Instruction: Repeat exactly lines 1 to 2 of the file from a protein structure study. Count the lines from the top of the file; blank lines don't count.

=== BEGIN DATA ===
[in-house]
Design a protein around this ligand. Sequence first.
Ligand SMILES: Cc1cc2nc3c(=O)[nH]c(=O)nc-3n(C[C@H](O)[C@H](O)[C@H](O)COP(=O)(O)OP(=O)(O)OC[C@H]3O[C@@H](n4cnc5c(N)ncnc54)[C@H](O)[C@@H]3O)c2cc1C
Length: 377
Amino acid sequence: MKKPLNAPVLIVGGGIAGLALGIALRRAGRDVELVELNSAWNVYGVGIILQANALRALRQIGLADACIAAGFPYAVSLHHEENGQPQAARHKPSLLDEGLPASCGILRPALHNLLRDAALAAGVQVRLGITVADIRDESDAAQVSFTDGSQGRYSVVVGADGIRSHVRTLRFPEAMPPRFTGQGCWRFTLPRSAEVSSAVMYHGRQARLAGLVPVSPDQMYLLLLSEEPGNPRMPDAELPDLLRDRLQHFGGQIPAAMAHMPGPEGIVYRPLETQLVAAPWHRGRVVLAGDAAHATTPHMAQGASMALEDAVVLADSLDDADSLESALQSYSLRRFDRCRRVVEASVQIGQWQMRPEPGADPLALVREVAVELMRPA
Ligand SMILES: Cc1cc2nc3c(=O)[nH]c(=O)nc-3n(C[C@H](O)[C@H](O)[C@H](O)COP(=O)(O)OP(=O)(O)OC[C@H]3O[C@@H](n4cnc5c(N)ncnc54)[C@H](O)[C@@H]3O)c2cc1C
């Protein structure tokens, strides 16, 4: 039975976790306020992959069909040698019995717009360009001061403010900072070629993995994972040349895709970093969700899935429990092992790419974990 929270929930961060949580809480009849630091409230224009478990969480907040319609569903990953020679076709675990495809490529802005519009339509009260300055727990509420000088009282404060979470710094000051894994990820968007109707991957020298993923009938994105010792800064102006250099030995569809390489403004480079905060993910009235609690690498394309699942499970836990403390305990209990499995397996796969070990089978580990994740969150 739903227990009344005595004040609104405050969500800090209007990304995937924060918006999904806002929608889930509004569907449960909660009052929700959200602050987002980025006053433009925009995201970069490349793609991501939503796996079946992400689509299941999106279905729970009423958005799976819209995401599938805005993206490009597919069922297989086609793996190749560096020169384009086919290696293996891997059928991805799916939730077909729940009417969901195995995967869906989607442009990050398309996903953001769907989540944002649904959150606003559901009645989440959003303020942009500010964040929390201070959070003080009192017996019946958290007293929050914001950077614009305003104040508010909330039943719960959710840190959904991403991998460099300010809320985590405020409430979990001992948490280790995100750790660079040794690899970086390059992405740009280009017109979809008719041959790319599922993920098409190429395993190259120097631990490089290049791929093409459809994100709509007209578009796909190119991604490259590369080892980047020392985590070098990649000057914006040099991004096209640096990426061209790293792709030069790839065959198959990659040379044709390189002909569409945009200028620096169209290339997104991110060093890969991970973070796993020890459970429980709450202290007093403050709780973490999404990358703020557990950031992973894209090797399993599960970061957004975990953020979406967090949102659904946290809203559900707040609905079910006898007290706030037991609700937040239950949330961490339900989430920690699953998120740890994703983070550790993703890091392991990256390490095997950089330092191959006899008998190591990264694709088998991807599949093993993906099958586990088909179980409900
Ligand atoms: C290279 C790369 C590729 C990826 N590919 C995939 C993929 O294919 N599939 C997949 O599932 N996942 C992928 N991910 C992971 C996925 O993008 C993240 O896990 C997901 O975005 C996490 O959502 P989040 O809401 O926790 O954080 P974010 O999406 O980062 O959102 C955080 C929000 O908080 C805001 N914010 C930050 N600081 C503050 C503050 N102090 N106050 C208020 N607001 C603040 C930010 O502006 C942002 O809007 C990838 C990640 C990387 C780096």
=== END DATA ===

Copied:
[in-house]
Design a protein around this ligand. Sequence first.